Reed diffuser vs oil diffuser — what’s the difference and which is best?

FYI, both are totally scent-sational

Reed diffuser and essential oil diffuser on pastel background
(Image credit: Future)

Okay, confession time: I am somewhat crazy about the scent of my home and like to ensure that my space always smells as glorious as possible. I think the low-key obsession that I clearly have comes from being a pet parent and constantly worrying that I’ve gone “nose blind." 

Hence, my need to stock my home with reed diffusers, scented candles, and a (bordering on unhealthy) amount of essential oil diffusers. I *really* should stop buying them, and yet I can’t. 

With a seriously hefty stash of both types of diffusers — and plenty of practice testing them out — I'm practically a pro on all the details. Trust me, I take fragrance very seriously.  

Confused by what the differences are between reed diffusers and essential oil diffusers? Want to know how they work and what the pros and cons are of each? Don’t panic — I’ve got you covered. 

What’s the difference between a reed diffuser and an essential oil diffuser?

Let’s start by looking at the differences between the two. 

What is a reed diffuser?

Think of reed diffusers as being kinda like a more natural version of an air freshener. Sounds odd but, hear me out. Usually, reed diffusers — like this NEOM one from Amazon that I have at home — feature a vessel (normally a vase or a bottle) that’s filled with a fragrance oil (this is combination of essential oil and a carrier solution).  The other key feature are the natural rattan reed sticks that are inserted into the liquid and stick out the top of the bottle. The idea being that these reeds will absorb the fragrance oil from the bottom of the bottle, the oil will then travel up the reeds and the scent will diffuse into the air (similar to how an air freshener constantly diffuses scent into the air). 

What is an electric essential oil diffuser?

Whereas, electric essential oil diffusers — like this one from NEOM (also available at Amazon) that I am obsessed with — are either battery-powered or plugged into a power outlet and diffuse essential oils into the air with the use of steam or heat. Unlike reed diffusers, there are a few different types of electric essential oil diffusers. These are nebulizing diffusers, ultrasonic diffusers, evaporative diffusers, and heat diffusers, and each works differently but does the same thing. 

What are the pros and cons of reed diffusers?


  • Low maintenance and easy to set up
  • Don’t require electricity
  • A constant stream of scent
  • A great budget-friendly option


  • Unable to control the level of fragrance being released
  • Lots of wasted scent as no ‘on’ or ‘off’ switch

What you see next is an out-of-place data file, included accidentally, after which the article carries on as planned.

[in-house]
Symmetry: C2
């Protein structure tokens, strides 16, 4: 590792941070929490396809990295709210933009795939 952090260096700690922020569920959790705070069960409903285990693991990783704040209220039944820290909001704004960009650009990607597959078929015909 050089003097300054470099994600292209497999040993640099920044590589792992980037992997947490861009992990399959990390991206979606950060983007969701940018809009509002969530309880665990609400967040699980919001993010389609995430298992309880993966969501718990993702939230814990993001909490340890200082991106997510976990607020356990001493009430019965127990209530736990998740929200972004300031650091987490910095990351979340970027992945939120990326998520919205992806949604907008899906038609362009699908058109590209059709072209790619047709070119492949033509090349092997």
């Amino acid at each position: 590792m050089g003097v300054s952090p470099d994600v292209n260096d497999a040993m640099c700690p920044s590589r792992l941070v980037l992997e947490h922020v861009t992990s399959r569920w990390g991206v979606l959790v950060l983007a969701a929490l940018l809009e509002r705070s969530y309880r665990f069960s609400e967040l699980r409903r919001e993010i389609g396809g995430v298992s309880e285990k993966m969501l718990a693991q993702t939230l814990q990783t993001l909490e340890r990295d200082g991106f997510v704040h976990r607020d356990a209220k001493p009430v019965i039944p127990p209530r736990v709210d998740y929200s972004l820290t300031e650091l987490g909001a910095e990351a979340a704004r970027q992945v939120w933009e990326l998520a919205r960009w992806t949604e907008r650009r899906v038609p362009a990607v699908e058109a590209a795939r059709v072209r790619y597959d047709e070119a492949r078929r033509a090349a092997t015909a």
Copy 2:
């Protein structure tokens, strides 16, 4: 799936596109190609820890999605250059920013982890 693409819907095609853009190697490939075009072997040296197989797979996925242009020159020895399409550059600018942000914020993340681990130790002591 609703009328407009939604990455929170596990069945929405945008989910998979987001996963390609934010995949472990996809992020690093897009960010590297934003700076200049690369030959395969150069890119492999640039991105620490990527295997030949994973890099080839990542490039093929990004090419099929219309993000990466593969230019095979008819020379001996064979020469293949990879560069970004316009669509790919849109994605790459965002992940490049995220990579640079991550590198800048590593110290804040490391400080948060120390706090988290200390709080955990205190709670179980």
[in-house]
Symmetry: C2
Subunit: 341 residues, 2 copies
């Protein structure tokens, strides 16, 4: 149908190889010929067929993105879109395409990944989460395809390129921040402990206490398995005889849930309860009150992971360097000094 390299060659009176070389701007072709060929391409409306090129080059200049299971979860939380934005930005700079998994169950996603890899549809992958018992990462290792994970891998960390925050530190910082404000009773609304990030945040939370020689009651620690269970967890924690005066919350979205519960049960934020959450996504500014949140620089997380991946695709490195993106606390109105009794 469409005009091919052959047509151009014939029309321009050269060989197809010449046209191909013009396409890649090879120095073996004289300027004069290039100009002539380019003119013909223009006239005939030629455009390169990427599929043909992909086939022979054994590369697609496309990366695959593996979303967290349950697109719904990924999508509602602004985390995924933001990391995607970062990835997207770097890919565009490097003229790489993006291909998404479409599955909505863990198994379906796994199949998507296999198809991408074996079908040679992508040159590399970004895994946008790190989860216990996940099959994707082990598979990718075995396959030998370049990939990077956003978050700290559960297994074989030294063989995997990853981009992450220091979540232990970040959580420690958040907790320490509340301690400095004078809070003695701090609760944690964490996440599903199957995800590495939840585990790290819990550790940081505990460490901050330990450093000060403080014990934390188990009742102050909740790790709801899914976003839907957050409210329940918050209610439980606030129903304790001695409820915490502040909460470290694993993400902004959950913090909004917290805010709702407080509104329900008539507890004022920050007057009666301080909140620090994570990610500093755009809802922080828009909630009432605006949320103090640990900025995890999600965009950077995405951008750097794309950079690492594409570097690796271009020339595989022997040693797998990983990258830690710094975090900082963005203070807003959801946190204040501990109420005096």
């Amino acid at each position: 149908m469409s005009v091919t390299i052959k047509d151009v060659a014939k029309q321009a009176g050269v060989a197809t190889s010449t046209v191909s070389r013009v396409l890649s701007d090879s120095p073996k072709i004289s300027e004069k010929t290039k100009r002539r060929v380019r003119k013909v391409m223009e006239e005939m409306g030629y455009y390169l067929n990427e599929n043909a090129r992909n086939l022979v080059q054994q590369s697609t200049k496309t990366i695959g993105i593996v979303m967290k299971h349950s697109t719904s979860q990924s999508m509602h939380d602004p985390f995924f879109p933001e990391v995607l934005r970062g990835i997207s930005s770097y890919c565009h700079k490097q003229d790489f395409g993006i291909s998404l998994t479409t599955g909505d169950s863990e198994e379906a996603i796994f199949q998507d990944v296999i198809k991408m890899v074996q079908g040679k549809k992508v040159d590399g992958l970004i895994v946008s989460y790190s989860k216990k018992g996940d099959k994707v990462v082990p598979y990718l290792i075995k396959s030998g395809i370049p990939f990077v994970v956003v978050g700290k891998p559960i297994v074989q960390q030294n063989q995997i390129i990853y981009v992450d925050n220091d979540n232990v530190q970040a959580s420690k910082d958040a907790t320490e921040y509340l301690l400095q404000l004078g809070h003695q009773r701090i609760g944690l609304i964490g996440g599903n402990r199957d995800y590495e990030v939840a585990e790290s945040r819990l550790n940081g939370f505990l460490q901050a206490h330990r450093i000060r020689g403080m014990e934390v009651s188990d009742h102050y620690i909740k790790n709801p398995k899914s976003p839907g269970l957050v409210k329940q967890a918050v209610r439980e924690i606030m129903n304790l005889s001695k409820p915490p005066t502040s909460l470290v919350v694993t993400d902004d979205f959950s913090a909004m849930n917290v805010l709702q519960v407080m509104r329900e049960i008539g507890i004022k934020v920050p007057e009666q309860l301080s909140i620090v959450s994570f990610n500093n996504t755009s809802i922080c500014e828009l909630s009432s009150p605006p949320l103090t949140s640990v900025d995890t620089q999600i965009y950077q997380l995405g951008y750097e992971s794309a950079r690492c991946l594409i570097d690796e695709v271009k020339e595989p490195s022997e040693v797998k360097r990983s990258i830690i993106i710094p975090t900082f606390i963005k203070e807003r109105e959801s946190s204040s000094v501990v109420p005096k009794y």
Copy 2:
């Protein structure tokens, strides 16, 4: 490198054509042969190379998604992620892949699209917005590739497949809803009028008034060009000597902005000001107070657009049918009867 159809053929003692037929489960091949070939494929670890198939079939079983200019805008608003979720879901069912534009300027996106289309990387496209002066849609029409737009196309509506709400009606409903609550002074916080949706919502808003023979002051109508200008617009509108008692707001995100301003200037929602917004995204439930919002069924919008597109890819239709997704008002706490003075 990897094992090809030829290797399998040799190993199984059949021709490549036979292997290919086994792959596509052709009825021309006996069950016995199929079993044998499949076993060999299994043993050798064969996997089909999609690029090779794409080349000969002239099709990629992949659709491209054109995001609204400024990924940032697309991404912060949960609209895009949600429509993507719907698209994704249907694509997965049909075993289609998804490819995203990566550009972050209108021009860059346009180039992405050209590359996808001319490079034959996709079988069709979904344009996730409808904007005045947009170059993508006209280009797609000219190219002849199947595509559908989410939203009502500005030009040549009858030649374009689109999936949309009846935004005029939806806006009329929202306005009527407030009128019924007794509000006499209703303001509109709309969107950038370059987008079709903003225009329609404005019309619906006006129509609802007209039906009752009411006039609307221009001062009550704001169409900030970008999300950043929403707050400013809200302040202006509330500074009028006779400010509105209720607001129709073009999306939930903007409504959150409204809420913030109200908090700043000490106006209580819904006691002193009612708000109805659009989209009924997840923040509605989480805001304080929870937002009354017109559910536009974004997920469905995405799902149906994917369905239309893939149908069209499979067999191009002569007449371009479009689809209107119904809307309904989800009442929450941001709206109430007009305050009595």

What are the pros and cons of essential oil diffusers?


  • Easy to control level of scent
  • Some electric diffusers have timers for easier scent control
  • Better control over intensity and duration of fragrance


  • Uses electricity (or needs batteries) to work
  • More expensive than a reed diffuser
  • Quality differs between different makes and models of electric diffusers

Reed diffuser vs electric essential oil diffuser: which is best for what?

As someone who has both in her home, I can tell you that reed diffusers and electric essential oil diffusers both have their advantages and disadvantages. 

For a constant refreshing (and somewhat more subtle) scent, reed diffusers — as long as they’re maintained and cared for properly — can work like a dream. 

Plus, reed diffusers don’t require access to an electrical outlet, so you can literally pop them anywhere. Personally, I like to put reed diffusers in my bathrooms, in my entryway, and dotted on shelves and windowsills throughout the house. 

Whereas, an essential oil diffuser needs to be positioned near a power outlet (unless it’s battery operated), which means that they’re perhaps not as versatile as a reed diffuser. 

But, what these electrical diffusers can offer is a boost of scent at the times that you feel your home needs it most. For instance, I usually pop on my diffusers when I have guests coming over, if I need to relax, or just if I feel my home is in need of a little refresh. 

Beth Mahoney
Freelance journalist

Hi! I’m Beth Mahoney and I’m a former staff writer at Real Homes. I’ve been a journalist for the national press for the past six years, specializing in commerce and trends-related lifestyle articles, from product reviews and listicles to guides and features. With an eye for pretty things (think: quirky wall prints, scalloped edge furniture, and decadent-looking tableware) but a limited budget, I love nothing more than a bargain buy.